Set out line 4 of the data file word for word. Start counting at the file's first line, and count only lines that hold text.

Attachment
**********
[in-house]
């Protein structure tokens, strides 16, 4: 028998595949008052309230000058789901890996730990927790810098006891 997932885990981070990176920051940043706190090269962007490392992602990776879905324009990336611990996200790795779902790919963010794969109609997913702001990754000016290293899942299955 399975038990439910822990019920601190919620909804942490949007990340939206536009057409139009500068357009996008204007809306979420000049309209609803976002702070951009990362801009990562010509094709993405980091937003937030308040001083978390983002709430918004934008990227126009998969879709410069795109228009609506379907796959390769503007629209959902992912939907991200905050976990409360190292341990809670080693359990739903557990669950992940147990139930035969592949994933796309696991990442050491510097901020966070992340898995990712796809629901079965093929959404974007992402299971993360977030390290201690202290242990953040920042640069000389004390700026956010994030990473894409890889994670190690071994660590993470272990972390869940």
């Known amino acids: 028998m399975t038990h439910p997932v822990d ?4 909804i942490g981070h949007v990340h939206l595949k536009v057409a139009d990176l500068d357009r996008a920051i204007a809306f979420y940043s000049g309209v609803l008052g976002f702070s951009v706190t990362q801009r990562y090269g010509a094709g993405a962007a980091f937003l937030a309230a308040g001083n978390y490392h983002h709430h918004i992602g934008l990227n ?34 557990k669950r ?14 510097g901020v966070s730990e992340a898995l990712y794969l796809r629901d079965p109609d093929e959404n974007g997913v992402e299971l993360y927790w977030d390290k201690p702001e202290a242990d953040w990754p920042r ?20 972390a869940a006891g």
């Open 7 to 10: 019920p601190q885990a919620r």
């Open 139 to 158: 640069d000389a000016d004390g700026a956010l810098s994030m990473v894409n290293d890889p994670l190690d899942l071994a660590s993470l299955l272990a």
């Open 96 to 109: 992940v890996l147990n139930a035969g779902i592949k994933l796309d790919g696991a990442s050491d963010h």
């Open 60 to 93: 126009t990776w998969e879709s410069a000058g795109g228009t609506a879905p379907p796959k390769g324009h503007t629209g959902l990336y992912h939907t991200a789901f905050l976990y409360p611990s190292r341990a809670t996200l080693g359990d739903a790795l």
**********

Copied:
């Open 7 to 10: 019920p601190q885990a919620r």